Industry Update
Opinion Article14 January 2020

This is How You Can Tell You’re a Customer Service Professional

By Steve DiGioia

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Many hold the title but never seem to accomplish the task. Some tout the certification letters after their name but can't put their knowledge to use. Others, sadly, haven't a clue and chase away more customers than they help. So, how can you tell you're a customer service professional?

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As I've written in a past post, "Great service is not a mechanical action". It's a feeling. It's a show of appreciation. It's caring for another. You can provide "service" to thousands of people and each interaction will be different.

Great service isn't "one-size-fits-all". It never has and never will be. It's a dance between partners for the benefit of both.

They Change Their Approach

Those who give great service know how to change their approach to the customer without missing a beat. They are never scripted and follow only 1 rule; to satisfy the specific needs of their customers so they are fulfilled and contented.

By now you may be saying, "That sounds like me, Steve. That's exactly what I do". Well, then great! But let's take it further and delve into the heart, and mind, of a great customer service professional. How many of these examples do you identify with?

  1. A customer service professional is someone who wears a smile throughout the day. A smile that is not forced but displayed freely & without a hidden agenda. The wearer doesn't expect anything in return except for the smile of another as their payoff.
  2. A customer service professional keeps finding ways to improve the experience, to simplify actions, and to streamline the process to serve those in need.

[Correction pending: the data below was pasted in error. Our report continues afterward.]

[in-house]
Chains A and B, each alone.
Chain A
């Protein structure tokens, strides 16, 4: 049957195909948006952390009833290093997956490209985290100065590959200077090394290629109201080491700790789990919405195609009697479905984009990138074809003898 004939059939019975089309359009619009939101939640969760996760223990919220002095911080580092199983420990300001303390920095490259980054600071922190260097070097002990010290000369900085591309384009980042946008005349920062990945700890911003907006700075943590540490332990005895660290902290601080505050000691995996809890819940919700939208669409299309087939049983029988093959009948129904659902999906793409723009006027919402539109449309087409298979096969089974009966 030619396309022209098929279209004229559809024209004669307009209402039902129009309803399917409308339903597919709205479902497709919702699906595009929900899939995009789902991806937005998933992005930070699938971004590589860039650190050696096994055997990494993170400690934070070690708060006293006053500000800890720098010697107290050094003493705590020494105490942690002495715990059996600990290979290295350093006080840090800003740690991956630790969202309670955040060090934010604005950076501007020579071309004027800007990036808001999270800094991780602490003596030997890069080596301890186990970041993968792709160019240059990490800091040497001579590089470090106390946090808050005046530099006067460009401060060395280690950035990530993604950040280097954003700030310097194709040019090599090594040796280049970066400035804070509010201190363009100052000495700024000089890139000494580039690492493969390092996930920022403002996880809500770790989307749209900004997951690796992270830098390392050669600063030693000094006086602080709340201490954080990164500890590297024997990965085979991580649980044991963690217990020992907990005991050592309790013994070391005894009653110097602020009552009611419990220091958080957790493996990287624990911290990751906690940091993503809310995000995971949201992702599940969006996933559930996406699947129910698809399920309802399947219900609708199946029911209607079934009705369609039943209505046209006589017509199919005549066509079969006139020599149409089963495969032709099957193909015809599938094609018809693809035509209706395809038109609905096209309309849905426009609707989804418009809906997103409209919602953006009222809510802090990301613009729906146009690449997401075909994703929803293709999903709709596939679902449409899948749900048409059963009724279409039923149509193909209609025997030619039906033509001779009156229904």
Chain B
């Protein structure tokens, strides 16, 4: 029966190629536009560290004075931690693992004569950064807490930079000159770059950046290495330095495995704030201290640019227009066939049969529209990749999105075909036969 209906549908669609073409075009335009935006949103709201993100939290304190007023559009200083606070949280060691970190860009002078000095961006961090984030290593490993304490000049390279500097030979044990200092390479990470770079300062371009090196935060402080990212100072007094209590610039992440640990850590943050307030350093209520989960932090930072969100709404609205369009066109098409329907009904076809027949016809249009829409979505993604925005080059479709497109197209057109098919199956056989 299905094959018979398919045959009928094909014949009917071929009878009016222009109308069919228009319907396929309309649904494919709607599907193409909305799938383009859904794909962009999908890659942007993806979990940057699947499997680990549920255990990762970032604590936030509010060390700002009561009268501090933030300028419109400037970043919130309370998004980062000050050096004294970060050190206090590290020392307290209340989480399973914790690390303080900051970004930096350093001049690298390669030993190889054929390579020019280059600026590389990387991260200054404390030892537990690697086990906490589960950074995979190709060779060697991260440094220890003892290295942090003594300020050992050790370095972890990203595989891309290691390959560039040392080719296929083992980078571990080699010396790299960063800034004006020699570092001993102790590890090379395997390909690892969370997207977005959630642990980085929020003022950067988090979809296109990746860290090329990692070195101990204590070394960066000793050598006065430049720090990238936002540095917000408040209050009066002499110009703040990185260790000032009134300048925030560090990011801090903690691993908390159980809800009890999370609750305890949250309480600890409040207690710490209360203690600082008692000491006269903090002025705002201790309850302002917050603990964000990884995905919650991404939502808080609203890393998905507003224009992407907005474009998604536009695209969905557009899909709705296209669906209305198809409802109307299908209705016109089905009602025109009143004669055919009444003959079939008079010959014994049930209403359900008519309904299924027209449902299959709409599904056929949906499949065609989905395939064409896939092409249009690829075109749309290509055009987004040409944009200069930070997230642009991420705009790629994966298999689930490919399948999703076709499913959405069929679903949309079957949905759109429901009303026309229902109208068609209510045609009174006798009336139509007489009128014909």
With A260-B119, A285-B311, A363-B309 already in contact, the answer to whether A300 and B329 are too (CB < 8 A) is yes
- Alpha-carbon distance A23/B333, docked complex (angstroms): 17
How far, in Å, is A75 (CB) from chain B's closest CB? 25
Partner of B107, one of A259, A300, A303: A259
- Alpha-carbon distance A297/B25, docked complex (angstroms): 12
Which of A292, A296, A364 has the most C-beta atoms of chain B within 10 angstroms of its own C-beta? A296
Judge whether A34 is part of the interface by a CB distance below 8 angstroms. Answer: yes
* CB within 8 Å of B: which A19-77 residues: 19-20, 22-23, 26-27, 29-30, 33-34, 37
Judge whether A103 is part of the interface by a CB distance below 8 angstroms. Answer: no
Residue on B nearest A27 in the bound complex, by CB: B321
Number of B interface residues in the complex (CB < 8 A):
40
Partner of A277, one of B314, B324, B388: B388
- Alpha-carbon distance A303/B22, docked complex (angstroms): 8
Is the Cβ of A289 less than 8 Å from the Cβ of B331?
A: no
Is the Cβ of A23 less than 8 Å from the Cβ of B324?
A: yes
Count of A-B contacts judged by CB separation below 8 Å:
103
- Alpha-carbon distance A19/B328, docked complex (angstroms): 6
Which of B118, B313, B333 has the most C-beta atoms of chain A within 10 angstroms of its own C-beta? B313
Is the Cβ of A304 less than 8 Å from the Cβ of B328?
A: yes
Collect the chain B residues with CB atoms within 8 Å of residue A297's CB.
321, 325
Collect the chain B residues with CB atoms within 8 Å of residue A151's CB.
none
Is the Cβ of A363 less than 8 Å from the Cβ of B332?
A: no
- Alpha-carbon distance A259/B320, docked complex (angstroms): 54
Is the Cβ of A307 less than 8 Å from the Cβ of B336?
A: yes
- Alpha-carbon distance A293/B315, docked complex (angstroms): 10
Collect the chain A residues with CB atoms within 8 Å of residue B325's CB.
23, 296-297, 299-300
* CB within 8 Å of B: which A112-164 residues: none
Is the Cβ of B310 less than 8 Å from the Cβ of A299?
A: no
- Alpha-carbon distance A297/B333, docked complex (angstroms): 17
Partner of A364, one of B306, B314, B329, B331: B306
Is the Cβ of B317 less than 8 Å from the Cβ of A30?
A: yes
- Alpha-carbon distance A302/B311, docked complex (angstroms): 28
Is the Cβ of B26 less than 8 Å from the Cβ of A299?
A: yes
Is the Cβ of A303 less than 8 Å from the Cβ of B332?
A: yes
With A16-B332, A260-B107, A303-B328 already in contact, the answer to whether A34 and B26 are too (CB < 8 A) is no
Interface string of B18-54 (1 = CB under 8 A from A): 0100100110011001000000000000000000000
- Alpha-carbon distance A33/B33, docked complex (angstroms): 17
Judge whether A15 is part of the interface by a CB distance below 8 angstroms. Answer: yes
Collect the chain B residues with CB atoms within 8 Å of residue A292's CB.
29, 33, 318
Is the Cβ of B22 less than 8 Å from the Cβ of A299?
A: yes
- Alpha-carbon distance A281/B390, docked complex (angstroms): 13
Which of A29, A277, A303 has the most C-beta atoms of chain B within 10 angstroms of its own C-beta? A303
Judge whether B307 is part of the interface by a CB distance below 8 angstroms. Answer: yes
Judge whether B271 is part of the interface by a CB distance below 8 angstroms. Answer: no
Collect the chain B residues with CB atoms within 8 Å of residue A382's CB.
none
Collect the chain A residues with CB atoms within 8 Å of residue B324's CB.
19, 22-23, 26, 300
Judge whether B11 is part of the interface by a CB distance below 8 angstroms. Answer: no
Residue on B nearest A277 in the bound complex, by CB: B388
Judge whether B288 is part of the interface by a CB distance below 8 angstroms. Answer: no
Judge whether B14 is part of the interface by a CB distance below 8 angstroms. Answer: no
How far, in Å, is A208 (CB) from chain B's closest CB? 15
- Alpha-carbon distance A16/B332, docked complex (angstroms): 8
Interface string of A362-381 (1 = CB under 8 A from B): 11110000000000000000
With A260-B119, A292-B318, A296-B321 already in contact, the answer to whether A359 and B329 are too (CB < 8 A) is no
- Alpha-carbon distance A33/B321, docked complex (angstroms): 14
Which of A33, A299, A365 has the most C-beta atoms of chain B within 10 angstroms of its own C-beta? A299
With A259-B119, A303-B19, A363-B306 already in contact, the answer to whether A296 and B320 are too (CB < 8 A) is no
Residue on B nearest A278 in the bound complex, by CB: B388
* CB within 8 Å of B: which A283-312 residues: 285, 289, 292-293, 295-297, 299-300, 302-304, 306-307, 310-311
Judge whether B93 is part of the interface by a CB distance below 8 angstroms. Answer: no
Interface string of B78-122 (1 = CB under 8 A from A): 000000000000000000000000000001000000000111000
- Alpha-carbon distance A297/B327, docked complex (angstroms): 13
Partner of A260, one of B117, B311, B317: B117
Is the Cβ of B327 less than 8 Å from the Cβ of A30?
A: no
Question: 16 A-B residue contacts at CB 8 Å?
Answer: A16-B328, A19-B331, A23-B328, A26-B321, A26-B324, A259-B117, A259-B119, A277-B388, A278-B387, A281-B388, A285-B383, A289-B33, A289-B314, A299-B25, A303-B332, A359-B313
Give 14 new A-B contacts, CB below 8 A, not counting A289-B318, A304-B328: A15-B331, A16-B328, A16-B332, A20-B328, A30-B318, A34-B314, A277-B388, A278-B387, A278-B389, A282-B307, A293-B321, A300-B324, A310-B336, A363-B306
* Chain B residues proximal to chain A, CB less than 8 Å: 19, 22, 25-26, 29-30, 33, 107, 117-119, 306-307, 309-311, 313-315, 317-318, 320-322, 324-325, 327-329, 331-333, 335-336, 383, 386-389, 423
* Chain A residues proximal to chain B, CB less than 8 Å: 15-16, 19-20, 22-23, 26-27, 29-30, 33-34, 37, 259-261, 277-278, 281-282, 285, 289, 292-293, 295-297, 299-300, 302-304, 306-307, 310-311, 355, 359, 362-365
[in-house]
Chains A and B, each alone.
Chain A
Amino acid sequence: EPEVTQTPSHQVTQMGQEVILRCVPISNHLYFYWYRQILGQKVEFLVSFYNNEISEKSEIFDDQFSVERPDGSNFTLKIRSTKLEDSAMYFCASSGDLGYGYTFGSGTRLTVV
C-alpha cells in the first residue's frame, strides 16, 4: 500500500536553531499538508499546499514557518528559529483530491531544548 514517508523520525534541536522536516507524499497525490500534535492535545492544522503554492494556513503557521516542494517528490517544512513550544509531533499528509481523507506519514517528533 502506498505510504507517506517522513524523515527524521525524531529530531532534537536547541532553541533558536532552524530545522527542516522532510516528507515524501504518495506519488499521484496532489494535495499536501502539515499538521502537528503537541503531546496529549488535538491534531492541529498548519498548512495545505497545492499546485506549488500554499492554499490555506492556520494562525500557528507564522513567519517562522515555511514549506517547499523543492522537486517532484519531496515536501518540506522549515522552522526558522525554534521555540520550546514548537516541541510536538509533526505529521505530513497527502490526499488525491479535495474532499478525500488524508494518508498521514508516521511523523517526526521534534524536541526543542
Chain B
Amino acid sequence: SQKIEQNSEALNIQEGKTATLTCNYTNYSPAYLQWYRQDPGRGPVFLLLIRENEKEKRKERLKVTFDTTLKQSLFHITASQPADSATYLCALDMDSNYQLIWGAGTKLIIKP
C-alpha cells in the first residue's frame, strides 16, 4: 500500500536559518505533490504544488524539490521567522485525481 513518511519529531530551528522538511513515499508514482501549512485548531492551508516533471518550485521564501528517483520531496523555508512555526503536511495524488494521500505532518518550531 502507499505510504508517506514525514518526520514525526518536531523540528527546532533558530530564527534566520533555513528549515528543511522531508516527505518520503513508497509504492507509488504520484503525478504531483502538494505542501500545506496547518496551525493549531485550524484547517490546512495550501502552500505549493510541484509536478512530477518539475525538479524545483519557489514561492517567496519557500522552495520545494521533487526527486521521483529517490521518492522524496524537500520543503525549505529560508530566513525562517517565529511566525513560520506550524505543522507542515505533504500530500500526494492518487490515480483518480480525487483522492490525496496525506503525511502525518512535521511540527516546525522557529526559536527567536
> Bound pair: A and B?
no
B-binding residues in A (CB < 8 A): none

3. A customer service professional is a person who would send $19 or $20 a month to an organization that helps people on the other side of the world. People who they will never meet, people who they will never know, and people who will benefit from their actions but will never be seen. They just want to help.
  4. A customer service professional is not concerned about getting accolades for their good deeds. Their primary concern is that their contribution, no matter how small, has benefited another.
  5. A customer service professional is someone who stays the course even through their own hardships. Their personal troubles are left at the business door, never to touch the customer and never to sway their efforts to assist another.
  6. A customer service professional willingly wears the uniform of service, no matter how challenging or extensive the customer's expectations may be. Their service can be ornate or subdued, overt or subtle, obvious or unnoticeable, but it's always available and given freely.
  7. A customer service professional may never see how their contribution has helped or the joy they've brought to those in need. But they do it regardless because they have a strong desire to improve the lives of others.

This is what great customer service professionals are like. They have a burning desire to do more than just satisfy their own personal needs or enhance their own lives. They want to help, they want to give, they want to be the force behind the enrichment of others.

Great athletes consistently compete at a level most cannot attain. That's what makes them great. Many musicians, artists, scientists, and doctors do the same. They possess a quality that makes them special and able to sustain that level throughout their careers.

Great customer service professionals are no different. Sadly, we don't meet as many as we wish. Today's service culture has changed. Self-service or at least quick service has become the norm and low price the differentiator. Today's consumer has little experience with the service of yesterday when face-to-face communication led to way and businesses were built one local customer at a time.

I guess that change was inevitable as society and technology have grown. But that doesn't mean that the actual service we provide must be less than special. There will always be room for the "great" and many long to be served by those who possess that quality.

Once you identify a great customer service professional, support him or her with your continued business. Return their smile, send them a thank you card, or write a commendation note to their boss. We want much from those who serve us and should give it back in equal measure.

BTW, if you feel that this post sounds surprisingly like you and what you do, then you probably ARE a customer service professional - and, I salute you!

Now, let's get out there and make some customer service memories!

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